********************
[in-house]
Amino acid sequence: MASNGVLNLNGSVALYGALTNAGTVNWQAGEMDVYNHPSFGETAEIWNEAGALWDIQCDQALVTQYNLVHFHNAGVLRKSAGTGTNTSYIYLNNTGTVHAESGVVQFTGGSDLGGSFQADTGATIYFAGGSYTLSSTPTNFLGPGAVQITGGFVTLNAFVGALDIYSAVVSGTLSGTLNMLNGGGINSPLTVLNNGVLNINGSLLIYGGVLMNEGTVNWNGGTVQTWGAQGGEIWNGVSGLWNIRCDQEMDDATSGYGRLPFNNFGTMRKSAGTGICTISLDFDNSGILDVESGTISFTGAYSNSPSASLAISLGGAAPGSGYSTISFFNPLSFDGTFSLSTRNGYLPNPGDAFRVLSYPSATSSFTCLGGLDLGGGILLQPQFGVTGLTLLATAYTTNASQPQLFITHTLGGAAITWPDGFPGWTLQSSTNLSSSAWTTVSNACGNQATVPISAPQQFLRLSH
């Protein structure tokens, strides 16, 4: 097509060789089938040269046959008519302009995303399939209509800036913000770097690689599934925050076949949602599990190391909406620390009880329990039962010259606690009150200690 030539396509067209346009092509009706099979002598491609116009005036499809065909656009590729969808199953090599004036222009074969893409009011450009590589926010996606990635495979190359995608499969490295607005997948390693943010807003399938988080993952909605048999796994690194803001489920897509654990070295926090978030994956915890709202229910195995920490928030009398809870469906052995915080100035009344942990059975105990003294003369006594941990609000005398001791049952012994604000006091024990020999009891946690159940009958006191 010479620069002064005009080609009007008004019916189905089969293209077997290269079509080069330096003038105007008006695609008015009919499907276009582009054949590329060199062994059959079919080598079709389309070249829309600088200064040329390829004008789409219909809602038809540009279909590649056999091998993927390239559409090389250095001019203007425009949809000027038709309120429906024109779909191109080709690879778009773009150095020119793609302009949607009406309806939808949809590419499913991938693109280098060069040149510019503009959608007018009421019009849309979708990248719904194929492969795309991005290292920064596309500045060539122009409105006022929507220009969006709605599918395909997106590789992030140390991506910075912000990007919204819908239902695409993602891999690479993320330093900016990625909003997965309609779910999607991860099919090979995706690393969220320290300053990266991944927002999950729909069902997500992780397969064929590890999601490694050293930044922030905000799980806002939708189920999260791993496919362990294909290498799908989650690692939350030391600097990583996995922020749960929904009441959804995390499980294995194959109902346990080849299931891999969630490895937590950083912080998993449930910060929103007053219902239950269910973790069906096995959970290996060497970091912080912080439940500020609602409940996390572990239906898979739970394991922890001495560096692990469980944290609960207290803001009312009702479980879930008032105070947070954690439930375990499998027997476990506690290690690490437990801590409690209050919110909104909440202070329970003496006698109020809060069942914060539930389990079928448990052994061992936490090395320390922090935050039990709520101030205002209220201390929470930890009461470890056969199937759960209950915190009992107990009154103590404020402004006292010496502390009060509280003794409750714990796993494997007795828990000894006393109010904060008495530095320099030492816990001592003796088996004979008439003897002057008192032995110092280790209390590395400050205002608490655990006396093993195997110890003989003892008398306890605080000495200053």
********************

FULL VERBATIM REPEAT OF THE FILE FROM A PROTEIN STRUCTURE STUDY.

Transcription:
[in-house]
Amino acid sequence: MASNGVLNLNGSVALYGALTNAGTVNWQAGEMDVYNHPSFGETAEIWNEAGALWDIQCDQALVTQYNLVHFHNAGVLRKSAGTGTNTSYIYLNNTGTVHAESGVVQFTGGSDLGGSFQADTGATIYFAGGSYTLSSTPTNFLGPGAVQITGGFVTLNAFVGALDIYSAVVSGTLSGTLNMLNGGGINSPLTVLNNGVLNINGSLLIYGGVLMNEGTVNWNGGTVQTWGAQGGEIWNGVSGLWNIRCDQEMDDATSGYGRLPFNNFGTMRKSAGTGICTISLDFDNSGILDVESGTISFTGAYSNSPSASLAISLGGAAPGSGYSTISFFNPLSFDGTFSLSTRNGYLPNPGDAFRVLSYPSATSSFTCLGGLDLGGGILLQPQFGVTGLTLLATAYTTNASQPQLFITHTLGGAAITWPDGFPGWTLQSSTNLSSSAWTTVSNACGNQATVPISAPQQFLRLSH
């Protein structure tokens, strides 16, 4: 097509060789089938040269046959008519302009995303399939209509800036913000770097690689599934925050076949949602599990190391909406620390009880329990039962010259606690009150200690 030539396509067209346009092509009706099979002598491609116009005036499809065909656009590729969808199953090599004036222009074969893409009011450009590589926010996606990635495979190359995608499969490295607005997948390693943010807003399938988080993952909605048999796994690194803001489920897509654990070295926090978030994956915890709202229910195995920490928030009398809870469906052995915080100035009344942990059975105990003294003369006594941990609000005398001791049952012994604000006091024990020999009891946690159940009958006191 010479620069002064005009080609009007008004019916189905089969293209077997290269079509080069330096003038105007008006695609008015009919499907276009582009054949590329060199062994059959079919080598079709389309070249829309600088200064040329390829004008789409219909809602038809540009279909590649056999091998993927390239559409090389250095001019203007425009949809000027038709309120429906024109779909191109080709690879778009773009150095020119793609302009949607009406309806939808949809590419499913991938693109280098060069040149510019503009959608007018009421019009849309979708990248719904194929492969795309991005290292920064596309500045060539122009409105006022929507220009969006709605599918395909997106590789992030140390991506910075912000990007919204819908239902695409993602891999690479993320330093900016990625909003997965309609779910999607991860099919090979995706690393969220320290300053990266991944927002999950729909069902997500992780397969064929590890999601490694050293930044922030905000799980806002939708189920999260791993496919362990294909290498799908989650690692939350030391600097990583996995922020749960929904009441959804995390499980294995194959109902346990080849299931891999969630490895937590950083912080998993449930910060929103007053219902239950269910973790069906096995959970290996060497970091912080912080439940500020609602409940996390572990239906898979739970394991922890001495560096692990469980944290609960207290803001009312009702479980879930008032105070947070954690439930375990499998027997476990506690290690690490437990801590409690209050919110909104909440202070329970003496006698109020809060069942914060539930389990079928448990052994061992936490090395320390922090935050039990709520101030205002209220201390929470930890009461470890056969199937759960209950915190009992107990009154103590404020402004006292010496502390009060509280003794409750714990796993494997007795828990000894006393109010904060008495530095320099030492816990001592003796088996004979008439003897002057008192032995110092280790209390590395400050205002608490655990006396093993195997110890003989003892008398306890605080000495200053």